At the state Capitol, legislators started calling them “Summit Avenue decisions.”
The reference was to the governor’s residence just two miles away, where a scrum of top political leaders had been working all week to reach an agreement on how to spend roughly $40 billion over the next two years. Because of the slow progress being made in negotiations, not to mention the lack of information about the talks, business at the statehouse had come close to a halt.
But on Friday evening, the big decision finally came down.
That’s when DFL Senate Majority Leader Tom Bakk and Republican House Speaker Kurt Daudt said they’d reached the broad terms of a budget deal — one that both parties can live with, and one that the respective chambers of the Legislature will pass by May 18, the constitutionally required date on which lawmakers must adjourn. The agreement would mean spending money out of a nearly $2 billion budget surplus on early and higher education; would preserve MinnesotaCare, the subsidized health care program for low-income residents; and would leave “significant” money on the bottom line to work out a deal later on two of the session’s thorniest issues: transportation funding and tax cuts.
And while Bakk and Daudt expressed confidence the bills would pass, the two legislative leaders were light on the details, as they had yet to brief their members and respective committee chairs. “We are as close as we can possibly be to having an agreement on [the budget],” Bakk said outside the governor’s residence, just before heading to an appearance on TPT’s “Almanac.”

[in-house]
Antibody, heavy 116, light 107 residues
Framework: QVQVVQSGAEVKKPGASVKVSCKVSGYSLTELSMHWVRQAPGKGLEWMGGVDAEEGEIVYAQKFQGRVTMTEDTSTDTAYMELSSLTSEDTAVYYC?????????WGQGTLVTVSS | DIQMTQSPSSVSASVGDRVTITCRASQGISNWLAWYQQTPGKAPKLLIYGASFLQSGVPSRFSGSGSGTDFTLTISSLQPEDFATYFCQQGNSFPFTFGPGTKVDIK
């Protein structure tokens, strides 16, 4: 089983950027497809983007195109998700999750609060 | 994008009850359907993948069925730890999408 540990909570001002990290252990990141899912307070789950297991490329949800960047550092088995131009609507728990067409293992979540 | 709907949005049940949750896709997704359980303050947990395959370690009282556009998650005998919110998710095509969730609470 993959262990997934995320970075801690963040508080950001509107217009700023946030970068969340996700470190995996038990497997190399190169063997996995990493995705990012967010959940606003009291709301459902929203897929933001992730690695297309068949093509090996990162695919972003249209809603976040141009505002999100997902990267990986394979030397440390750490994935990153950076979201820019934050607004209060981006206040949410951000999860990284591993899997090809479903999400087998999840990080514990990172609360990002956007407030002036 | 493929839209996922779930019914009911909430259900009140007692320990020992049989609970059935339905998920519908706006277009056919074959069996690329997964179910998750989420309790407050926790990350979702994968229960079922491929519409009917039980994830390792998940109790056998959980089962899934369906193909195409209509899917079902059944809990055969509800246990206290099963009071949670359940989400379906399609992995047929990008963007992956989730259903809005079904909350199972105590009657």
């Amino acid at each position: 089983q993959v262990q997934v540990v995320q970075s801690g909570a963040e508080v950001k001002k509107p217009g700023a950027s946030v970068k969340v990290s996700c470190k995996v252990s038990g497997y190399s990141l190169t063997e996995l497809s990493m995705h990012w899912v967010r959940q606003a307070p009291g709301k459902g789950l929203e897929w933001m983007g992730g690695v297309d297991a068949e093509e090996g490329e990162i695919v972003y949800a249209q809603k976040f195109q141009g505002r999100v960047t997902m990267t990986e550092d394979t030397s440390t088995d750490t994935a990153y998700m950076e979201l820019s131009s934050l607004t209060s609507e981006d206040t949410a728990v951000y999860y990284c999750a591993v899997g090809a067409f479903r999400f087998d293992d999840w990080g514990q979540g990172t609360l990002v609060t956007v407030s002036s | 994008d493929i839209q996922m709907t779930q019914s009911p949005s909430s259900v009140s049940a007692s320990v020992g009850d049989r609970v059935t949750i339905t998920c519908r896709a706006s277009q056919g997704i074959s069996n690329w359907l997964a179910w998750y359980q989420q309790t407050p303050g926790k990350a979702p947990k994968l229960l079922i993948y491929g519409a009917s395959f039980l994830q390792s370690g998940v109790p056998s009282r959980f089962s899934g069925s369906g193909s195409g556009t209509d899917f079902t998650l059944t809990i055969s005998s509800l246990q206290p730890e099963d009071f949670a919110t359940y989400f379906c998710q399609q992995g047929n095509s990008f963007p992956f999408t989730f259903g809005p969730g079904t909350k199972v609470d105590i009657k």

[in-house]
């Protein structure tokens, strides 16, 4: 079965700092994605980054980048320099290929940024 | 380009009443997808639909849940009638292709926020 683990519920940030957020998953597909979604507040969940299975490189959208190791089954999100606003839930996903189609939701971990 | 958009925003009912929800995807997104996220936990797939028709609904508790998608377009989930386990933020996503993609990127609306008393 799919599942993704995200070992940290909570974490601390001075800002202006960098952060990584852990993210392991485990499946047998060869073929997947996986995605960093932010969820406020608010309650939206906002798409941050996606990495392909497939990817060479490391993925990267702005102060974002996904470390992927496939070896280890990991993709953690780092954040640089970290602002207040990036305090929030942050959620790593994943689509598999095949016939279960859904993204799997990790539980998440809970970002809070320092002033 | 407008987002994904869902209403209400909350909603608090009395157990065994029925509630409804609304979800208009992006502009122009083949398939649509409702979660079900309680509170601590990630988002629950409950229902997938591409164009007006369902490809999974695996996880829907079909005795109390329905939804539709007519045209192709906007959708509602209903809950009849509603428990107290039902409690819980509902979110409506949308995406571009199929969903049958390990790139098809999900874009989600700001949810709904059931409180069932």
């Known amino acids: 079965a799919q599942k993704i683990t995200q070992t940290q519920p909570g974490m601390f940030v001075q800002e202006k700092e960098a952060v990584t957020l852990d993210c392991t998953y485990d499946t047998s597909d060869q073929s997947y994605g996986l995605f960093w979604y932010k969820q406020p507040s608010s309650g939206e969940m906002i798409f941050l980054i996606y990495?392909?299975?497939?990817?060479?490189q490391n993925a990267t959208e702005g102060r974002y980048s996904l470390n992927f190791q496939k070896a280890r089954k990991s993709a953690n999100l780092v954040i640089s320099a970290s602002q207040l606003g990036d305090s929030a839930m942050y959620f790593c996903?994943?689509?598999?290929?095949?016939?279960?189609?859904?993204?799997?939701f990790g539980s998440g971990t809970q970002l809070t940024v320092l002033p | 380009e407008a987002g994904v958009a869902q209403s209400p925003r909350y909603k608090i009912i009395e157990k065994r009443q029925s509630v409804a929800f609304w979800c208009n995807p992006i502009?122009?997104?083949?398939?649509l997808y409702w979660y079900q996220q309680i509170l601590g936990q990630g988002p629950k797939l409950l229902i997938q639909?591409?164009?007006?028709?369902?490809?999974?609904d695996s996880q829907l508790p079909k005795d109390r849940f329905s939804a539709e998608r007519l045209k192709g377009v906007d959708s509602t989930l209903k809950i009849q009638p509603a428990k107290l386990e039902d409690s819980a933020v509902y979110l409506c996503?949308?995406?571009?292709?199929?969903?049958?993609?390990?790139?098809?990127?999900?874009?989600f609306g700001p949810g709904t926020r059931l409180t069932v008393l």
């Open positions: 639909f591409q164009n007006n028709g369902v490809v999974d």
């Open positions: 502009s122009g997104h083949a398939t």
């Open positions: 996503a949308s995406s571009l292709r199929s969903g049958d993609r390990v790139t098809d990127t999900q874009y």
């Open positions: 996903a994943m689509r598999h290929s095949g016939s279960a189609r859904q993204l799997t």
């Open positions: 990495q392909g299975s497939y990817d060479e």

Dayton still pushing for universal pre-K
One of the details they were light on was education spending. Bakk said there’s significant new spending in early-through-high-school education, but the figure legislative leaders agreed to is less than what DFL Gov. Mark Dayton wants.
Dayton had been in negotiations with the legislators all week, but he was reviewing the final deal as lawmakers briefed reporters Friday evening. He sent the leaders at least one counteroffer soon after: He wants no less than $550 million more spent on education over the next two years, or $150 million more than legislative leaders have proposed, according to spokesman Linden Zakula. That new funding must include a 1.5 percent increase on the per-pupil spending formula each of the next two years, and another $173 million for half-day, universal pre-kindergarten education, the governor’s top priority. Dayton must sign all of the budget bills for them to be enacted into law.
“With a $1.8 billion surplus, there is no excuse not to make this critically important investment in Minnesota’s children and our collective better future,” Dayton said in a statement released late Friday night.
Other than Dayton’s final approval, the main obstacle ahead is a logistical one: the House and Senate revisor offices must process massive amounts of paperwork before the bills can go up for a full vote. “We know it’s going to be a lot of work in the next three days, but we’re eager to get to work and I think Minnesotans will be happy to hear we are going to end on time,” Daudt said.